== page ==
Skip to main content

Corrib protests related to rebranding of Shell and Statoil

The Irish Times
Wednesday, March 19, 2008
Fuelling motorists takes priority
MICHAEL McALEER Motoring Editor
Despite record oil prices, it's the business of refuelling the motorist, rather than the motor, that seems to be driving the decision by Irish oil distributor Topaz to rebrand its network of 350 Shell and Statoil filling stations at a cost of €50 million.
Topaz took control in Ireland of the two established fuel brands over the last two years and recently decided to merge both under the new Topaz brand.
However, its ambitions stretch further than the forecourts. Frank Gleeson, retail director, says that the firm aims to have Topaz stores - without fuel services - opening in town centres in the next 12 to 18 months.
The business model is the reverse of that being operated by the likes of Tesco. Just as the supermarket chain has diversified into filling stations, among other areas, Topaz believes it has the opportunity to diversify from forecourt services to mainstream retail and perhaps other services in the near future.
"We have looked at brands like Tesco. It started in supermarket business and diversified. We see no reason why Topaz as a brand can't diversify from fuel. The problem with using a brand like Statoil and Shell means you can't move outside of that field; it just doesn't work," says Mr Gleeson.
"We believe that one new brand will fit the whole business because Topaz will not be an oil brand but a consumer brand."
There were other influences on the decision to rebrand. The bad publicity surrounding Shell's involvement in the Corrib Gas field, along with a poor record of investment in forecourts in recent years contributed to the decision. "Events in Mayo were part of the mix," says Mr Gleeson.
"The Shell brand was a little bit tired and hadn't been invested in for many years. In addition it had some negative connotations with the Corrib protests, of which it should be remembered that Statoil was involved too; they are also a shareholder in that."
However, it was largely driven by the need to create a brand that is flexible enough to work as a regular consumer brand as much as an oil supplier.
"The forecourt business is changing. We now have to carry more food products to satisfy the convenience needs of modern society. People are getting their daily shop at the local filling station.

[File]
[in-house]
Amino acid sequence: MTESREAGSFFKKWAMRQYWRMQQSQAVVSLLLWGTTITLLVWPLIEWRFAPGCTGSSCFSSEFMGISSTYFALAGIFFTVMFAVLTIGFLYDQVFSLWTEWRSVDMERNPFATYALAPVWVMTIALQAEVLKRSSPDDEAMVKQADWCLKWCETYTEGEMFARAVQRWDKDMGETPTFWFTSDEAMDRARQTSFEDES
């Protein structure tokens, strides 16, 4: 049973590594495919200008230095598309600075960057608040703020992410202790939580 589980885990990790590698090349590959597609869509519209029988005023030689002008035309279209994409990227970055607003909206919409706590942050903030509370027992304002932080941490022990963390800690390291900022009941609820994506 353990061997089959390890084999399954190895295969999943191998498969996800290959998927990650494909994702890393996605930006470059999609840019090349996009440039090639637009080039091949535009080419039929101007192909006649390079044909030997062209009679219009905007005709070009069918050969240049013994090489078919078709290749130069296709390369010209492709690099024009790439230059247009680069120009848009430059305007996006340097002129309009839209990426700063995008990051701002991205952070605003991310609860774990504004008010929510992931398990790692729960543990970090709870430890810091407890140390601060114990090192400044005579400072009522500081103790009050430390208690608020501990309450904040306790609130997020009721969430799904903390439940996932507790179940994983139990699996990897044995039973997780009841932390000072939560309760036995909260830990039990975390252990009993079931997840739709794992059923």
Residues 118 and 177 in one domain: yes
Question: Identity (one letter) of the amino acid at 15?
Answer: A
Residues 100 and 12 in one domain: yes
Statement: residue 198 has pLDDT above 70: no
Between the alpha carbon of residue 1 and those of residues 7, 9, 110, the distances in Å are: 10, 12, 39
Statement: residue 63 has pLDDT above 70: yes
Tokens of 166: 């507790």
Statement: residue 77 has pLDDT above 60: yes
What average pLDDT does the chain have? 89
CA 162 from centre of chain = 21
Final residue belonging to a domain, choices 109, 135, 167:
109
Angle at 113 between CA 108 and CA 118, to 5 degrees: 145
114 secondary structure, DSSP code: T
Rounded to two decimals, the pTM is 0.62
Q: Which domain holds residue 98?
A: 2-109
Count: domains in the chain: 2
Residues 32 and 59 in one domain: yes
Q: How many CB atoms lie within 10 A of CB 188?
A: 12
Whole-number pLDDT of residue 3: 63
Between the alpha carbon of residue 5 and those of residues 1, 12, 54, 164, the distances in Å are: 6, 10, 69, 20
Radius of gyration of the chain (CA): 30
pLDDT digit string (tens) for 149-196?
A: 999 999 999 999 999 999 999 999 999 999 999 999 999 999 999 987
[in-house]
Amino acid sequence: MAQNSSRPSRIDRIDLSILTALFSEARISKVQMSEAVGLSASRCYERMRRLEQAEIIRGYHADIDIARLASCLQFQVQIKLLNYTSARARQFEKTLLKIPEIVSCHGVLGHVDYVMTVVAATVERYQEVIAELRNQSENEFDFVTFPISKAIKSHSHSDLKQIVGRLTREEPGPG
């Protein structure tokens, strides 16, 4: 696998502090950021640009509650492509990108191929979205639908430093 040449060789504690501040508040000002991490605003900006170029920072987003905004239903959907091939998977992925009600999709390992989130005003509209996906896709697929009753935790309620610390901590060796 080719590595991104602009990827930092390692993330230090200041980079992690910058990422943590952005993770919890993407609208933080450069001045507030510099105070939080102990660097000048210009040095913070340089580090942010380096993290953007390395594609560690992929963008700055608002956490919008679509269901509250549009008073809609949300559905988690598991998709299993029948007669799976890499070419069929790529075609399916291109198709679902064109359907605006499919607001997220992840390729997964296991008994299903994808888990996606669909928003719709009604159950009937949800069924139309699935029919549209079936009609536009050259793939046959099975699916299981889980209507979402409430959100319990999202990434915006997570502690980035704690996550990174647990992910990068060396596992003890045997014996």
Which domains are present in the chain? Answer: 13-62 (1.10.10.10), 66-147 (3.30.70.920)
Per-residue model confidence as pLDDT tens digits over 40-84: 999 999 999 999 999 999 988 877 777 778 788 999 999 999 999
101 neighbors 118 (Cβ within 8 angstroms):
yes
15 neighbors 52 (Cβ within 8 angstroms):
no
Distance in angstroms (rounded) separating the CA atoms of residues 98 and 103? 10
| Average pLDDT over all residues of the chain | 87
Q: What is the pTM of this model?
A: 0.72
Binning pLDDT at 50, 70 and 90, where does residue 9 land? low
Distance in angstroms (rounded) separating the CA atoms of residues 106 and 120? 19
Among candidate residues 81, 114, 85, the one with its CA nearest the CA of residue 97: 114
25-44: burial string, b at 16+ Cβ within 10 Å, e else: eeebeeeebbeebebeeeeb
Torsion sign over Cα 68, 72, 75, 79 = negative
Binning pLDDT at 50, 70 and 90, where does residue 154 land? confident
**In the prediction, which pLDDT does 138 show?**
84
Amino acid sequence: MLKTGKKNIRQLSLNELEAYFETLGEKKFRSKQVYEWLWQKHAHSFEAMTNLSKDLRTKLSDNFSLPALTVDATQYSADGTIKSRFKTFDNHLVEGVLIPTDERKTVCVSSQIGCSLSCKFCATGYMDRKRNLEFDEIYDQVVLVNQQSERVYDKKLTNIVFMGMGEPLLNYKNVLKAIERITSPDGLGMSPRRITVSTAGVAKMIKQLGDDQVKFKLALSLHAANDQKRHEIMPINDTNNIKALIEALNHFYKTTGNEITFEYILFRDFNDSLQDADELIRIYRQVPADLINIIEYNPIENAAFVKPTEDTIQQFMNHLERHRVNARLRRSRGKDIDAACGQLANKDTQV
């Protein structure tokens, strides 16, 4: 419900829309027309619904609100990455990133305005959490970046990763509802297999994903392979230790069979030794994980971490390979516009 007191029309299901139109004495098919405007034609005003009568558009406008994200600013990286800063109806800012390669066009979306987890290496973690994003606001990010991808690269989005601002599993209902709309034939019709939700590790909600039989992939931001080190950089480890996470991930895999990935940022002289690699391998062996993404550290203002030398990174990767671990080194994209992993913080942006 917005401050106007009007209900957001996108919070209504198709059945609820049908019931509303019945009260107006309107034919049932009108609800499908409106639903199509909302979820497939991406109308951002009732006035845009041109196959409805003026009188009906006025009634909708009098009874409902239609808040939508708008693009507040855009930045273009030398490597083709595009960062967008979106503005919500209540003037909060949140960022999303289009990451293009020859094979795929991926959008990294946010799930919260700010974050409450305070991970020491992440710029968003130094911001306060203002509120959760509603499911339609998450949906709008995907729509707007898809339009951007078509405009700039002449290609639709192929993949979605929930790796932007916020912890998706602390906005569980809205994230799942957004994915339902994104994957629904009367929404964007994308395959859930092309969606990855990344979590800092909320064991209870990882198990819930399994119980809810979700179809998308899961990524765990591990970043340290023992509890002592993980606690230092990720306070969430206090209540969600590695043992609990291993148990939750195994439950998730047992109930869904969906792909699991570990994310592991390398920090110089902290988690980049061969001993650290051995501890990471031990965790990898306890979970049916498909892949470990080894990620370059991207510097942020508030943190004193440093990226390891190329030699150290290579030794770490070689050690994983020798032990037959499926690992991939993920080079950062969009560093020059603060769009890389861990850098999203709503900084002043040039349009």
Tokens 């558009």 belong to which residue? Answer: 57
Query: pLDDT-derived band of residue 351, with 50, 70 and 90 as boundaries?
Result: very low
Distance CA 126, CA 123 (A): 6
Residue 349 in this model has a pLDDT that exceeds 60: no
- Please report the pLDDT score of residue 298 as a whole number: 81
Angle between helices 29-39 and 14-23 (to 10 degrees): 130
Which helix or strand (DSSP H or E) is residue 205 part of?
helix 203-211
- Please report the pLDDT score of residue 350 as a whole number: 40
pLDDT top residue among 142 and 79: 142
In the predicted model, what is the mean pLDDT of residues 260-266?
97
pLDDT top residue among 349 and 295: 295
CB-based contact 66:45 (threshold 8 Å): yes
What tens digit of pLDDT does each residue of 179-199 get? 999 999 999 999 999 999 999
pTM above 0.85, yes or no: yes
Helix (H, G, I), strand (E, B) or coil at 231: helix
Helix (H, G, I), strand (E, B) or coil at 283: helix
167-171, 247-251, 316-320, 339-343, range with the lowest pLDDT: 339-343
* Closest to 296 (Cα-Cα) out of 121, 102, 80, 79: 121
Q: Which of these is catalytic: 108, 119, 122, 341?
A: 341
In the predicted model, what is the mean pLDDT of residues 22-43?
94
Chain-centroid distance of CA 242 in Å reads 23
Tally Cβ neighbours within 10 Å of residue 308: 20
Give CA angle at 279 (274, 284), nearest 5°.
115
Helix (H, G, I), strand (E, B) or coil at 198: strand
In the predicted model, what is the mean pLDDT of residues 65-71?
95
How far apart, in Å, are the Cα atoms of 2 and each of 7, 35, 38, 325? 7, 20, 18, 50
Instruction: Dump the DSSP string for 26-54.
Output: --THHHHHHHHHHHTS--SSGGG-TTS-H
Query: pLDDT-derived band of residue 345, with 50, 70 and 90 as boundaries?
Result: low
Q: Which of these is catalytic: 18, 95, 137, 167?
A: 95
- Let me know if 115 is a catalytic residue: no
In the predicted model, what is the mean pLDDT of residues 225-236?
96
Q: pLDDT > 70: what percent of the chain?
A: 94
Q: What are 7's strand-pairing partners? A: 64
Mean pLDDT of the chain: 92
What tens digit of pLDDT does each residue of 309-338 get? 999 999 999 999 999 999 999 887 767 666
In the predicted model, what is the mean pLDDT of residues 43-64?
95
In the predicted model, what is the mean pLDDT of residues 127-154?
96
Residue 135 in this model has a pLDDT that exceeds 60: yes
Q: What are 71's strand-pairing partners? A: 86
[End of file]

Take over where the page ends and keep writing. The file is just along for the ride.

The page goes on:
"The breakfast roll was the staple product for 10 years in petrol stations but now we are selling wraps and the like. These are bought by females and students. We offer up to 20 hot food items and we're expanding menus all the time."
He cites the fact that at their current chain of filling stations they sell more than four million cups of coffee a year and three million sandwiches. "That's a phenomenal amount of food products," he says.
The new Topaz offering is already on display at the firm's two new flagship forecourts, at Citywest and Dublin Port.
The latter is the first new filling station to be opened in the city centre for several years and offers services such as free wi-fi, laundry and shower facilities and a truckers' lounge. It's a model of what Topaz hopes to offer in its new Greenfield sites, which may include the service areas proposed on the M1 and M7 motorways. Sadly for motorists, fuel prices at Topaz filling stations are unlikely to fall.
"Fuel is the least profitable thing we sell in our stations. Below-cost selling is happening already in the market and some players are more aggressive because of their ability to use that position to drive unsustainable price levels. We're not on that model, but in the model of added value," says Mr Gleeson.
While he won't be drawn on the finer details of Topaz's strategy, he does say the firm will try to tap an increasing environmental awareness by motorists.
First to go will be Shell's range of V Power fuels aimed more at performance than green motoring. This is likely to be replaced with fuel offerings that include five per cent mixes of ethanol.
EU rules already allow blends of up to five per cent in regular petrol and diesel, without a danger to the car's warranty. "A 5 per cent ethanol mix runs in every car, but I don't think consumers know that," says Mr Gleeson.
Topaz also plans to introduce E85 blended biofuel - made up of 85 per cent ethanol and 15 per cent petrol - for use in biofuel vehicles, but this will mainly be in its new sites.
As for controlling the pricing of the 250 independently-owned service stations that fall under the Topaz brand, he says that, even if it wanted to, it could not control the prices as such a move would be judged anti-competitive.
However, if there is price-gouging by independents in the brand Gleeson says they will "tell people to look elsewhere in their locality for better prices".
"The Shell brand hadn't been invested in for years... and had some negative connotations with the Corrib protests
© 2008 The Irish Times

Posted Date: 
26 March 2008 - 11:23pm